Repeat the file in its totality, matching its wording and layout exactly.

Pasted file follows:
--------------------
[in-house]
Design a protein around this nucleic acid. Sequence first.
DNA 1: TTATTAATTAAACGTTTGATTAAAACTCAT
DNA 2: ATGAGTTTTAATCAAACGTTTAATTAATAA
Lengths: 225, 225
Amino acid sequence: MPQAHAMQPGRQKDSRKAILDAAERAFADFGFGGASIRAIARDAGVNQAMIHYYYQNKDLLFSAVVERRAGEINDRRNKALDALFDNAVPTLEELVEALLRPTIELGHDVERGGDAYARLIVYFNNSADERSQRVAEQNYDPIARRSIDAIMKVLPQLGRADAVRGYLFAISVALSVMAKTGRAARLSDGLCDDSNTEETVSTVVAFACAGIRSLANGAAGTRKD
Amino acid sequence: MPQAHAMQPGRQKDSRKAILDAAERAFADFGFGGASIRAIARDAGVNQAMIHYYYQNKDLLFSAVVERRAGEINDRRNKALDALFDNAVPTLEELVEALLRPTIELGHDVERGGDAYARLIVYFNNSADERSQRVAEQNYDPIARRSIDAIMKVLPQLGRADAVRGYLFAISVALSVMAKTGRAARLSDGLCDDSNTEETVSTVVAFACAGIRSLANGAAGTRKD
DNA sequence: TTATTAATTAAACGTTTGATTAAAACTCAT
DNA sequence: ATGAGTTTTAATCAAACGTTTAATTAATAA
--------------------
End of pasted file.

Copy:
[in-house]
Design a protein around this nucleic acid. Sequence first.
DNA 1: TTATTAATTAAACGTTTGATTAAAACTCAT
DNA 2: ATGAGTTTTAATCAAACGTTTAATTAATAA
Lengths: 225, 225
Amino acid sequence: MPQAHAMQPGRQKDSRKAILDAAERAFADFGFGGASIRAIARDAGVNQAMIHYYYQNKDLLFSAVVERRAGEINDRRNKALDALFDNAVPTLEELVEALLRPTIELGHDVERGGDAYARLIVYFNNSADERSQRVAEQNYDPIARRSIDAIMKVLPQLGRADAVRGYLFAISVALSVMAKTGRAARLSDGLCDDSNTEETVSTVVAFACAGIRSLANGAAGTRKD
Amino acid sequence: MPQAHAMQPGRQKDSRKAILDAAERAFADFGFGGASIRAIARDAGVNQAMIHYYYQNKDLLFSAVVERRAGEINDRRNKALDALFDNAVPTLEELVEALLRPTIELGHDVERGGDAYARLIVYFNNSADERSQRVAEQNYDPIARRSIDAIMKVLPQLGRADAVRGYLFAISVALSVMAKTGRAARLSDGLCDDSNTEETVSTVVAFACAGIRSLANGAAGTRKD
DNA sequence: TTATTAATTAAACGTTTGATTAAAACTCAT
DNA sequence: ATGAGTTTTAATCAAACGTTTAATTAATAA